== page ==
Travel, to no surprise, was one of the largest industries impacted by the pandemic and publishers like Atlas Obscura that cover exploration, wanderlust and gastronomy had to quickly adapt and figure out both what content output and brand deals would like in this new reality.
Luckily for Atlas Obscura, the concept of exploration meant more than its tourism and trip-planning business, which accounted for about half of the company’s revenue in 2019. In the latest episode of the Digiday Podcast, CEO Warren Webster talked about how his team adapted exploration to mean everything from learning about new subjects or trying out new skills from experts online in a new courses business, as well as leaning into the road trip model for discovering a new place.
And while some travel-related advertisers had to pull back on spending, others in the auto and food categories filled the gaps and Atlas Obscura walked away from 2020 in a strong position, Webster said, though he did not provide exact figures. Now as travel is slowly returning, the company is bringing back some of its paused 2019 revenue streams and adding its successful 2020 innovations to build toward a successful year.
Of course, some hesitations still loom around the coronavirus variants, but Webster said that both his team and advertisers are optimistic and eager to get back into in-person experiential events and programming.
Below are highlights from the conversation that have been lightly edited for length and clarity.
New definitions of exploration
We are in the travel business, however, we’re really about exploration and exploration can happen anywhere. You can travel halfway around the world or you could explore in your backyard or take a road trip. That really helped us because going back to March 2020, obviously, our far-flung trips all had to come back and we pulled all our travelers back to the U.S. as quickly as possible. We essentially closed our trips business for the time being and we really started focusing on what can we do to satisfy the curiosity of our readers, our community, while they’re stuck at home. We launched an initiative called Wonder-From-Home. We’re a media company, plus we’re a trip operator and an experience company. So while we couldn’t operate the trips, we still had a lot to do with our media business and ended up having, in some ways, the most successful year we’ve ever had. We more than doubled our brand partnerships, revenue 2020 over 2019.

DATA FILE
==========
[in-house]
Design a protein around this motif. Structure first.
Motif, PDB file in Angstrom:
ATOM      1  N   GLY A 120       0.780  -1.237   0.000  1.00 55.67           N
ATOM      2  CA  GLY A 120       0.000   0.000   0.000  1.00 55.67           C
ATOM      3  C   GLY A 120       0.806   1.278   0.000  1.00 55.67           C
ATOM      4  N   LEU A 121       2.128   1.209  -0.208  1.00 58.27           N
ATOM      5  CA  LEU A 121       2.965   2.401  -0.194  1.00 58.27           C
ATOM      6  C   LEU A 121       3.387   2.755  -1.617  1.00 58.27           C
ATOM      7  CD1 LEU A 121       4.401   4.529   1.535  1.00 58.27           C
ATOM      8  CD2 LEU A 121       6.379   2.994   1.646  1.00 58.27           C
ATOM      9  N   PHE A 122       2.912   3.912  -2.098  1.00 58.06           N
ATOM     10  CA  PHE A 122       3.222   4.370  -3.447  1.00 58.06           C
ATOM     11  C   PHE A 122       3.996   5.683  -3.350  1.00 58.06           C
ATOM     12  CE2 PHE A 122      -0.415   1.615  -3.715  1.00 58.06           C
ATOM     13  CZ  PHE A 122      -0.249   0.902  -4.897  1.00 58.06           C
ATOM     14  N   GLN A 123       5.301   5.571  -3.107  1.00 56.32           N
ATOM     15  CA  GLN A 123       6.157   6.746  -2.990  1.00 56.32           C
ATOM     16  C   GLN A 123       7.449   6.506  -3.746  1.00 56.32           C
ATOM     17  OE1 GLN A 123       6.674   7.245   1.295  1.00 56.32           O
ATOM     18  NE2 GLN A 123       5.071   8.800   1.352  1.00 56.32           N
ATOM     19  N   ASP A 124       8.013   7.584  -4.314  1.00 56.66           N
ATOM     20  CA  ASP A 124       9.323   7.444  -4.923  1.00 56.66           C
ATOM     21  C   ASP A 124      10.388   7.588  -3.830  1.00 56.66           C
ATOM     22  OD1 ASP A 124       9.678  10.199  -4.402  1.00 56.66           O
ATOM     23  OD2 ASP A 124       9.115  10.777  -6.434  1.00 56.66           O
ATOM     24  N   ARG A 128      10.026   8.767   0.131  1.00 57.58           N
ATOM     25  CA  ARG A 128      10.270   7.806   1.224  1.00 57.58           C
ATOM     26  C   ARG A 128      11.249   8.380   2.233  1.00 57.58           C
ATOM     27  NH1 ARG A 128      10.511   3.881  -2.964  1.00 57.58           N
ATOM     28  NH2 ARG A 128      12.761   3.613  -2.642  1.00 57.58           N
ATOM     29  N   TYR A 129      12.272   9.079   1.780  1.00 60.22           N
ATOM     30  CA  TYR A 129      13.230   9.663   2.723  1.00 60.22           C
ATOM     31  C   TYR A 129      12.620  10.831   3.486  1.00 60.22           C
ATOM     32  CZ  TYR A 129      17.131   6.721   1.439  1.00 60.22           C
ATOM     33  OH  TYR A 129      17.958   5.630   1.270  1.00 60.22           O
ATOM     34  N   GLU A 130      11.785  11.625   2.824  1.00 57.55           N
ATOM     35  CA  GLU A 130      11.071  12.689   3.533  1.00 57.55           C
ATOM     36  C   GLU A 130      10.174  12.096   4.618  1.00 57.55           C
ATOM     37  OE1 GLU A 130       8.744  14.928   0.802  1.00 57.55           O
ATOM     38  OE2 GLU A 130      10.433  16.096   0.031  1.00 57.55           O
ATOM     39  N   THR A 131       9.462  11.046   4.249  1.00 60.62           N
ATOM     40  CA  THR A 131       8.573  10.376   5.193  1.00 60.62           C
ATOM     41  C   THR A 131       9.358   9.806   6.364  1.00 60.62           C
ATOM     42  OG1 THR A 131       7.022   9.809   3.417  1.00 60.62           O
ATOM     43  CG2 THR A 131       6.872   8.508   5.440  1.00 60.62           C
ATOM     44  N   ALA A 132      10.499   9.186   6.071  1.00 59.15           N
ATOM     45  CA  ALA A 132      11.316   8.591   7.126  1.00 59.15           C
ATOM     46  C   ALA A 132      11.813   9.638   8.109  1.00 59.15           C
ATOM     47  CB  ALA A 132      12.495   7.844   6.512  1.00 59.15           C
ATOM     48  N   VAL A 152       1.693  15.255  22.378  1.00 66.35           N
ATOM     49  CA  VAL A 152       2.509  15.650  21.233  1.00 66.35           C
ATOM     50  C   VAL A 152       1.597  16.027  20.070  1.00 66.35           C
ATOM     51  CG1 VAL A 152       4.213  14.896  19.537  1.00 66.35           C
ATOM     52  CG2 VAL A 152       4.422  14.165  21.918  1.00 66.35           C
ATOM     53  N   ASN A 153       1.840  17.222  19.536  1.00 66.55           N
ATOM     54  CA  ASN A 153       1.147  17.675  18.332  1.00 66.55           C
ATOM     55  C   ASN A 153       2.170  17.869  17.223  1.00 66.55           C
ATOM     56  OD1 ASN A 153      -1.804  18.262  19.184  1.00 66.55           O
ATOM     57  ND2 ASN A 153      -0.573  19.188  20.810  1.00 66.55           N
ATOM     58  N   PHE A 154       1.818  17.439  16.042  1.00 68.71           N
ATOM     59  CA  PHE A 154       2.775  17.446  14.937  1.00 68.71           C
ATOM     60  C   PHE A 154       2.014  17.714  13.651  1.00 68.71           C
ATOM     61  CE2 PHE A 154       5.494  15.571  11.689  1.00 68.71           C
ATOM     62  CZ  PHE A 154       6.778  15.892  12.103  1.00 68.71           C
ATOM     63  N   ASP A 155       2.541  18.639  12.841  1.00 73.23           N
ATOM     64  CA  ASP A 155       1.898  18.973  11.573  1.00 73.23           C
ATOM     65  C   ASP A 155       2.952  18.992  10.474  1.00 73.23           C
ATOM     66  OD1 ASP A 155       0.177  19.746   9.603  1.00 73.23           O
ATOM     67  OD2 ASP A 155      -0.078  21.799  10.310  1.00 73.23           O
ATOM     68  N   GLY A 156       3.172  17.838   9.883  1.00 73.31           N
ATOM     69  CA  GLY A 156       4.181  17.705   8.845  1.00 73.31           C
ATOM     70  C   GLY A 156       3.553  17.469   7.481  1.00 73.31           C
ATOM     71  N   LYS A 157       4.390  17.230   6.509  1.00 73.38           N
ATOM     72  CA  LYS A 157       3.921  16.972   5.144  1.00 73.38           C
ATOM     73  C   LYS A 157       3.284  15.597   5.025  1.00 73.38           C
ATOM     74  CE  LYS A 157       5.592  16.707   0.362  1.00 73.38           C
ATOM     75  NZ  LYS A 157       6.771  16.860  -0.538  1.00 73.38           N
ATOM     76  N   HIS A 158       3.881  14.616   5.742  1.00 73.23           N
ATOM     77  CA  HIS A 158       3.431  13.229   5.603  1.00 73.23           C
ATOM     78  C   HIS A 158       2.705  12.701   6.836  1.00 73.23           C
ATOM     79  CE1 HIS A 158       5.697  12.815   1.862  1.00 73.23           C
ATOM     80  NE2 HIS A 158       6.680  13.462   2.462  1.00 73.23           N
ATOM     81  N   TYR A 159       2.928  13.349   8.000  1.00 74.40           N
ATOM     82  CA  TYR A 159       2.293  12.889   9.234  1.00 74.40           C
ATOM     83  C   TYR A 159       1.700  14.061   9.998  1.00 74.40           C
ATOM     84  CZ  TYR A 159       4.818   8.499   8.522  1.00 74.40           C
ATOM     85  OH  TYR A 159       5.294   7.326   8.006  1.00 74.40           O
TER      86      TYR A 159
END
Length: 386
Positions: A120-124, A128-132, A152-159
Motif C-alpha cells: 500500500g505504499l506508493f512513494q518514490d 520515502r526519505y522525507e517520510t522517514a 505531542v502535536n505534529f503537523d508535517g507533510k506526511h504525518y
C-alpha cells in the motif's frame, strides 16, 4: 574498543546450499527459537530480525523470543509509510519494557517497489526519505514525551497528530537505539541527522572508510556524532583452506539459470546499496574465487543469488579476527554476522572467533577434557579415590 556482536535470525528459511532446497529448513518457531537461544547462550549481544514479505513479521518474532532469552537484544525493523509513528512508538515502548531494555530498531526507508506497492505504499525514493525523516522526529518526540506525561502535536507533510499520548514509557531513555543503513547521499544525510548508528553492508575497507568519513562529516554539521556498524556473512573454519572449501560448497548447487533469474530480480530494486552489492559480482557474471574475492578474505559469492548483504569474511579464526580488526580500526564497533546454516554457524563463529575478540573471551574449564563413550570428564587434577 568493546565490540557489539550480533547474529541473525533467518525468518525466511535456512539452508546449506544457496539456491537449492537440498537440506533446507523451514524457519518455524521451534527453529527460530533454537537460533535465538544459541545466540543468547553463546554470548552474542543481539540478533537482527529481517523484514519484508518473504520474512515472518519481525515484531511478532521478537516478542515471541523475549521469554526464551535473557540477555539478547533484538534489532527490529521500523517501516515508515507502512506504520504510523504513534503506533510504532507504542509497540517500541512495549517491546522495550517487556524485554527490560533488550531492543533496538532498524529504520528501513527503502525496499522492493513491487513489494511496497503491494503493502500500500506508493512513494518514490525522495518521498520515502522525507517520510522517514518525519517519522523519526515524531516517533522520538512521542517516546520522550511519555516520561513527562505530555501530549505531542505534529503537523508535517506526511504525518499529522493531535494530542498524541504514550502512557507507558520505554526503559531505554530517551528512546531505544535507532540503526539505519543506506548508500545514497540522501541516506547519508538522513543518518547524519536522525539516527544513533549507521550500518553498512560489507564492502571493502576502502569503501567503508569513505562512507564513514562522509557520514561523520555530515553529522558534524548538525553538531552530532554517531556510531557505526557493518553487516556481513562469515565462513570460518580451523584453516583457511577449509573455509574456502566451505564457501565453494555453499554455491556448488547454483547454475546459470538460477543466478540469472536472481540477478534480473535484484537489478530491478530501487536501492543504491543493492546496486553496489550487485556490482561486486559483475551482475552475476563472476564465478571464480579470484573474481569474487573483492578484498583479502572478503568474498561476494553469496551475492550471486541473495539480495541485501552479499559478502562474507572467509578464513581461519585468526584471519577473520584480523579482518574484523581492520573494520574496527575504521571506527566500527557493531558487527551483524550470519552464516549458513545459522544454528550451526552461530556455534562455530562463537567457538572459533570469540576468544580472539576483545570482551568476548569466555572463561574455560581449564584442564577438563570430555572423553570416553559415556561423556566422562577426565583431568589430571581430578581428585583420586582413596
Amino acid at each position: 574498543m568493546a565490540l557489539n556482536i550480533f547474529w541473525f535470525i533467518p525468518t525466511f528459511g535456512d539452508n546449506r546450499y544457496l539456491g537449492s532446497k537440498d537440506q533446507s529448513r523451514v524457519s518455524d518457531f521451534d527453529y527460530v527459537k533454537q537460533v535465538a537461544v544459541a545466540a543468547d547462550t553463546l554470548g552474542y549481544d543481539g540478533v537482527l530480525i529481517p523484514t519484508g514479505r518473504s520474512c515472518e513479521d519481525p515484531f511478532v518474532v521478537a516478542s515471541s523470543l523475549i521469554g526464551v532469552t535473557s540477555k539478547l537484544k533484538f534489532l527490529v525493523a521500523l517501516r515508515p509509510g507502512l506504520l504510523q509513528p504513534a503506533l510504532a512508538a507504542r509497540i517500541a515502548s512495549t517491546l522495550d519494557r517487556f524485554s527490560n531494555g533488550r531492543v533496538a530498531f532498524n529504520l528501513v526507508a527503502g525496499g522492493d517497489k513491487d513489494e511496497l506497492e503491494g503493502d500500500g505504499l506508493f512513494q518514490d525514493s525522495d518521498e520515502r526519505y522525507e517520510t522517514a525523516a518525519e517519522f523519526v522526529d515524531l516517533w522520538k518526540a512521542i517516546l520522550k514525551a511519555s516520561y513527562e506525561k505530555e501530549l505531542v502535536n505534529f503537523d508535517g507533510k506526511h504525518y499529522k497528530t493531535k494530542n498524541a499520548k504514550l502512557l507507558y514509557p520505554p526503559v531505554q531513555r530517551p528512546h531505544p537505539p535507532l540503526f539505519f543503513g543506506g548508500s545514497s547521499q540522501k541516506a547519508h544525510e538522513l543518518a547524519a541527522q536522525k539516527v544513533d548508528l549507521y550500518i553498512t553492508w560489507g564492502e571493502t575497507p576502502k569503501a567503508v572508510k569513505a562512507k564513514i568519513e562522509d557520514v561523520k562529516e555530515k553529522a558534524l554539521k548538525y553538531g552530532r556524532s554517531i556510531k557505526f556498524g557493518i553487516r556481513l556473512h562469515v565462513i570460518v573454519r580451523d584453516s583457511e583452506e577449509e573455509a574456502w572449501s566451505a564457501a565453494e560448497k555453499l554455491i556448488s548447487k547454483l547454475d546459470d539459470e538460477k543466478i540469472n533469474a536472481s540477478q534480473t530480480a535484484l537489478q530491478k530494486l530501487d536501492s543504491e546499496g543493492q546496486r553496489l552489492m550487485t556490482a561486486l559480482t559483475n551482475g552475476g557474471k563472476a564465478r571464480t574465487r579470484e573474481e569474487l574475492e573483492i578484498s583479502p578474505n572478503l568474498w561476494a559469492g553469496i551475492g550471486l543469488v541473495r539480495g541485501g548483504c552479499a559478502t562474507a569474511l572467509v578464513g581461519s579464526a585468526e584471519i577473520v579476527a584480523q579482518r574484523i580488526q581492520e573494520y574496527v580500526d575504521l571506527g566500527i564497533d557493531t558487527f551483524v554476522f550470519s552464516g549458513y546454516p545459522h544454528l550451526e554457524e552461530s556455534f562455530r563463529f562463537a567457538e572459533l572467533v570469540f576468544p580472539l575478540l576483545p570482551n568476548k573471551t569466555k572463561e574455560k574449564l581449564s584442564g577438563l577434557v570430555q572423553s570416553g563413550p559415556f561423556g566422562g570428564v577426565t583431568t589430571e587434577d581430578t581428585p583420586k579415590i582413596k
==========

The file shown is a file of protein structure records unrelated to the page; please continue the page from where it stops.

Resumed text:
Hard hit categories are coming back into the mix
It’s often assumed that our endemic advertiser is a travel company, but because we touch on so many things — exploration can mean exploration into food exploration, into places, into people, into history and culture — we cover sort of a wide swath, so we weren’t necessarily completely tied to travel partners. But one of our favorite categories in the catalog and the groups that we really have a lot of love for, because we’re all sort of in the same in the same boat, are DMOs. So all the different destination marketing organizations, the tourism bureaus, the the organizations that help destinations succeed, through tourism. We definitely saw those have to sort of hunker down over the last year, and it’s very exciting to see them coming back now, both domestically and around the world. We’re doing a lot of work with DMOs ranging from cities to the whole countries and regions.
In some cases we’ve seen an increase in spend. In some cases, they’ve had to hold back a bit. Overall, I would say what they’re realizing is what we’re seeing, where we have this community of millions of travelers who are explorers who are ready to go on that road trip or go on that trip overseas and these DMOs want to be the ones that are thought at first. So in some cases, we’re seeing a big increase from prior spend.
Modifying the experience business for virtual
In addition to our trips business, we had our experiences business, which was instead of getting on a plane and going somewhere halfway around the world, just spending a couple hours, doing a fun activity, or learning a new skill, or taking a tour of something cool and hidden and unusual. And we had hundreds of these things running and we also had to stop obviously doing the in-person version of those. We looked at the types of programming that we could take from that and the instructors or the hosts, and turn them into online versions. We found that actually, we could just host so many more people on the online versions of these things that there was a big appetite for them when people couldn’t get out and do these activities on their own. And we launched a new product called courses that is more than just that couple hours doing an activity; it’s really digging into a subject. We have a bunch of those running and so far we’ve had about 5,000 people go through our courses.